A professor combines his academic research with his decadeslong U.S.–Mexico border activism to brightly illuminate immigration realities by focusing on the struggles of one young woman.
In this powerful saga, Bobrow-Strain (Politics/Whitman Coll.; White Bread: A Social History of the Store-Bought Loaf, 2012, etc.), a founding member of the Walla Walla Immigrant Rights Coalition in Washington state, focuses primarily on Agua Prieta, Mexico, just across the border from Douglas, Arizona. Until around 1990, the border between the two towns seemed mostly invisible. Douglas residents often shopped, dined, and worked in Agua Prieta, and vice versa. Aida Hernandez—not her actual name, an anonymity the author explains in detail—was born in Agua Prieta in 1987. Until age 9, she resided in Mexico, impoverished but generally content. When Aida’s mother left Mexico with her and her siblings to escape a violent marriage, vast complications began. The new man in the family’s life turned out to be worse than the biological father, but they were dependent on him for lodging and food and cowed by his threats to have them deported back to Mexico. Although Aida dedicated herself to performing well in school and learning fluent English, her undocumented status meant constant uncertainty. It also meant that she was vulnerable to violent male figures, ranging from her mother’s paramour to Aida’s boyfriends to abusive Border Patrol agents. When Aida had a son at age 16, her lack of adequate income and her overall vulnerability became far more complex since every decision she made would affect her child. Bobrow-Strain met Aida through a social worker whose own complicated border saga mingles with many others portrayed by the author in vivid and often agonizing detail. The settings eventually transcend Agua Prieta and Douglas to encompass immigration detention centers, overwhelmed immigration courts, and, eventually, New York City, where Aida and her son battle for a better life.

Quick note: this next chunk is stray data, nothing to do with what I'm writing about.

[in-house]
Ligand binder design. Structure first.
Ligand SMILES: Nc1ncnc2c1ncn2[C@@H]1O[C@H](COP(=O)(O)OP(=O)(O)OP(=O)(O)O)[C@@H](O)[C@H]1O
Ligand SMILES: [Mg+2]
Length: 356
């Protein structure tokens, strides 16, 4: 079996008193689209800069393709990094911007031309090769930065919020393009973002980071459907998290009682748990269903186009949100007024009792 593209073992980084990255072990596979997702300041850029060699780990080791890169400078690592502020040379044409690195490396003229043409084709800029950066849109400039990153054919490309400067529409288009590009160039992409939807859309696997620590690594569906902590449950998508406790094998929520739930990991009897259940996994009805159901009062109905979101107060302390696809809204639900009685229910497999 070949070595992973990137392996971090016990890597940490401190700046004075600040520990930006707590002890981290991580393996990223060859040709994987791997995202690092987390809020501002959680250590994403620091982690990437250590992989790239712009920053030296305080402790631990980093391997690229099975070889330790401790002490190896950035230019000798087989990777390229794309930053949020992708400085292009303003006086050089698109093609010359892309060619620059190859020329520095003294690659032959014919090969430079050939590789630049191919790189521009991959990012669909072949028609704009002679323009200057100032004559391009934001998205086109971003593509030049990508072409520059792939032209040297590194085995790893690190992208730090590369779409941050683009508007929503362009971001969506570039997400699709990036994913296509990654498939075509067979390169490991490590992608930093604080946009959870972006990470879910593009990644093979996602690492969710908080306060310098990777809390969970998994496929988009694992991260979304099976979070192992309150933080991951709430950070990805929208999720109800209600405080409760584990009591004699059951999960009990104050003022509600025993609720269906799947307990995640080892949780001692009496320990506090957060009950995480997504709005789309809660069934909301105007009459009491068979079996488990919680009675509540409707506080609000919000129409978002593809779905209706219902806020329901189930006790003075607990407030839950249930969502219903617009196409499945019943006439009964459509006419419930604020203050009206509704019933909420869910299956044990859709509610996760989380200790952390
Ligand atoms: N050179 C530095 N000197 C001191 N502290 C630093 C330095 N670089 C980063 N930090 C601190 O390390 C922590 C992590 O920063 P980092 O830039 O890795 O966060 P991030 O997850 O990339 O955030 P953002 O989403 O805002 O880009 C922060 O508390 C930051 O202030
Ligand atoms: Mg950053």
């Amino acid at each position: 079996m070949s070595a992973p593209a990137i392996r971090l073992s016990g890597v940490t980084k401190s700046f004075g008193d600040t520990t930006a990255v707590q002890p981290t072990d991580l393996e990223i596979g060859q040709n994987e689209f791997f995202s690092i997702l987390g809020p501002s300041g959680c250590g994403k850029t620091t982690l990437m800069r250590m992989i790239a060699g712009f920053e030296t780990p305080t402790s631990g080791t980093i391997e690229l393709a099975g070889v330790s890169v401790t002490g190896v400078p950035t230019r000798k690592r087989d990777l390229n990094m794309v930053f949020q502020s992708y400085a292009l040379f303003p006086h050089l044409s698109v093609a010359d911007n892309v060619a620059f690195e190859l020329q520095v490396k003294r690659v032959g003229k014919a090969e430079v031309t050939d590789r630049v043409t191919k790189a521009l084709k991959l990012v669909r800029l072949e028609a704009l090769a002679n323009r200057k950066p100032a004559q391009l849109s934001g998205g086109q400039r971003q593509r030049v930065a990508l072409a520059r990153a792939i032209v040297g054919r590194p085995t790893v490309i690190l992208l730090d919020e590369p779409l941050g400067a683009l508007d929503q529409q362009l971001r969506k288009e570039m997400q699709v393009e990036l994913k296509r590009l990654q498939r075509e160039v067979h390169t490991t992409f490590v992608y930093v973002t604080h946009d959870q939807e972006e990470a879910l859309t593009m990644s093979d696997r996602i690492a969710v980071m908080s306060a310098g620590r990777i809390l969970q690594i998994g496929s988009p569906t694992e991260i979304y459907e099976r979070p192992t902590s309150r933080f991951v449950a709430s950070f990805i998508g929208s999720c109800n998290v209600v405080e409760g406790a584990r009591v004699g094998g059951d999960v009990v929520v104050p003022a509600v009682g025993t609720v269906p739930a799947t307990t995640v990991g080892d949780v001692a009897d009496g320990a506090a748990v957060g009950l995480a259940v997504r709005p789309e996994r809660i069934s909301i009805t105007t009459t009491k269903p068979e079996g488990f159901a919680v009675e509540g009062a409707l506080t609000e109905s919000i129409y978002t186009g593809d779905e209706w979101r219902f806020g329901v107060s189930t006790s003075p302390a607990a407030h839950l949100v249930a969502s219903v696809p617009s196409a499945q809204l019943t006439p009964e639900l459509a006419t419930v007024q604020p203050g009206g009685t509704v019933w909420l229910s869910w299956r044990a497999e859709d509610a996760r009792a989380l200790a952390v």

This potent, important work, which “occupies a space between journalism and ethnography, with a dash of oral history and biography,” adds much to the continuing immigration debate.